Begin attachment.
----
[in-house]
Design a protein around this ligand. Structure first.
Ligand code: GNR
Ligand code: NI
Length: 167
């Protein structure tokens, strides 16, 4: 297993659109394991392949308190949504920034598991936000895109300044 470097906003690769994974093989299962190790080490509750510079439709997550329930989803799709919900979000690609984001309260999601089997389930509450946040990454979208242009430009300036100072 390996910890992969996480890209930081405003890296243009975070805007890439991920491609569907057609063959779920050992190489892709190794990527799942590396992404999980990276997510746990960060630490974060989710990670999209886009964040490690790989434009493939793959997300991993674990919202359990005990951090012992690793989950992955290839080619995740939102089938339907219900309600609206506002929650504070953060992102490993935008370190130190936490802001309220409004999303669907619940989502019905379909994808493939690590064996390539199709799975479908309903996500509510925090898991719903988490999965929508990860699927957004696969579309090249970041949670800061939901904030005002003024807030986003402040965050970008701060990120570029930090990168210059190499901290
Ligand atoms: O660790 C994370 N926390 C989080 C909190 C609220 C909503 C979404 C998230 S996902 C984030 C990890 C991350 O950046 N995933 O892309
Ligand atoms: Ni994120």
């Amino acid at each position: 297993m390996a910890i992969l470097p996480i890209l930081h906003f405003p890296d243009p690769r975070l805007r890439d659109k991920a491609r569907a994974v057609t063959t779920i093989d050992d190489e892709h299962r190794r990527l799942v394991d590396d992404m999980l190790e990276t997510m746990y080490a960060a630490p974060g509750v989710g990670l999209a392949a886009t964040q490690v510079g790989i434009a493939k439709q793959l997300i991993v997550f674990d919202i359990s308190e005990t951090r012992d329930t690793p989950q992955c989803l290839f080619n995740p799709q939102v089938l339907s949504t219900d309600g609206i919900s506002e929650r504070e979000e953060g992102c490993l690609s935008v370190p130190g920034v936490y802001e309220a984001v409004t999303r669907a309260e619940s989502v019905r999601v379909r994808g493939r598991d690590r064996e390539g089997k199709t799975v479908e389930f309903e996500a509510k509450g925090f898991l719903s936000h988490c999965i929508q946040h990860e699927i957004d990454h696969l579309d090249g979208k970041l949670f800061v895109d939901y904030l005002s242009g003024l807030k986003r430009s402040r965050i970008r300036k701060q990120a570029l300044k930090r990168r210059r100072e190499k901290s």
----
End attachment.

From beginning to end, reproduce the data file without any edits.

[in-house]
Design a protein around this ligand. Structure first.
Ligand code: GNR
Ligand code: NI
Length: 167
């Protein structure tokens, strides 16, 4: 297993659109394991392949308190949504920034598991936000895109300044 470097906003690769994974093989299962190790080490509750510079439709997550329930989803799709919900979000690609984001309260999601089997389930509450946040990454979208242009430009300036100072 390996910890992969996480890209930081405003890296243009975070805007890439991920491609569907057609063959779920050992190489892709190794990527799942590396992404999980990276997510746990960060630490974060989710990670999209886009964040490690790989434009493939793959997300991993674990919202359990005990951090012992690793989950992955290839080619995740939102089938339907219900309600609206506002929650504070953060992102490993935008370190130190936490802001309220409004999303669907619940989502019905379909994808493939690590064996390539199709799975479908309903996500509510925090898991719903988490999965929508990860699927957004696969579309090249970041949670800061939901904030005002003024807030986003402040965050970008701060990120570029930090990168210059190499901290
Ligand atoms: O660790 C994370 N926390 C989080 C909190 C609220 C909503 C979404 C998230 S996902 C984030 C990890 C991350 O950046 N995933 O892309
Ligand atoms: Ni994120």
């Amino acid at each position: 297993m390996a910890i992969l470097p996480i890209l930081h906003f405003p890296d243009p690769r975070l805007r890439d659109k991920a491609r569907a994974v057609t063959t779920i093989d050992d190489e892709h299962r190794r990527l799942v394991d590396d992404m999980l190790e990276t997510m746990y080490a960060a630490p974060g509750v989710g990670l999209a392949a886009t964040q490690v510079g790989i434009a493939k439709q793959l997300i991993v997550f674990d919202i359990s308190e005990t951090r012992d329930t690793p989950q992955c989803l290839f080619n995740p799709q939102v089938l339907s949504t219900d309600g609206i919900s506002e929650r504070e979000e953060g992102c490993l690609s935008v370190p130190g920034v936490y802001e309220a984001v409004t999303r669907a309260e619940s989502v019905r999601v379909r994808g493939r598991d690590r064996e390539g089997k199709t799975v479908e389930f309903e996500a509510k509450g925090f898991l719903s936000h988490c999965i929508q946040h990860e699927i957004d990454h696969l579309d090249g979208k970041l949670f800061v895109d939901y904030l005002s242009g003024l807030k986003r430009s402040r965050i970008r300036k701060q990120a570029l300044k930090r990168r210059r100072e190499k901290s």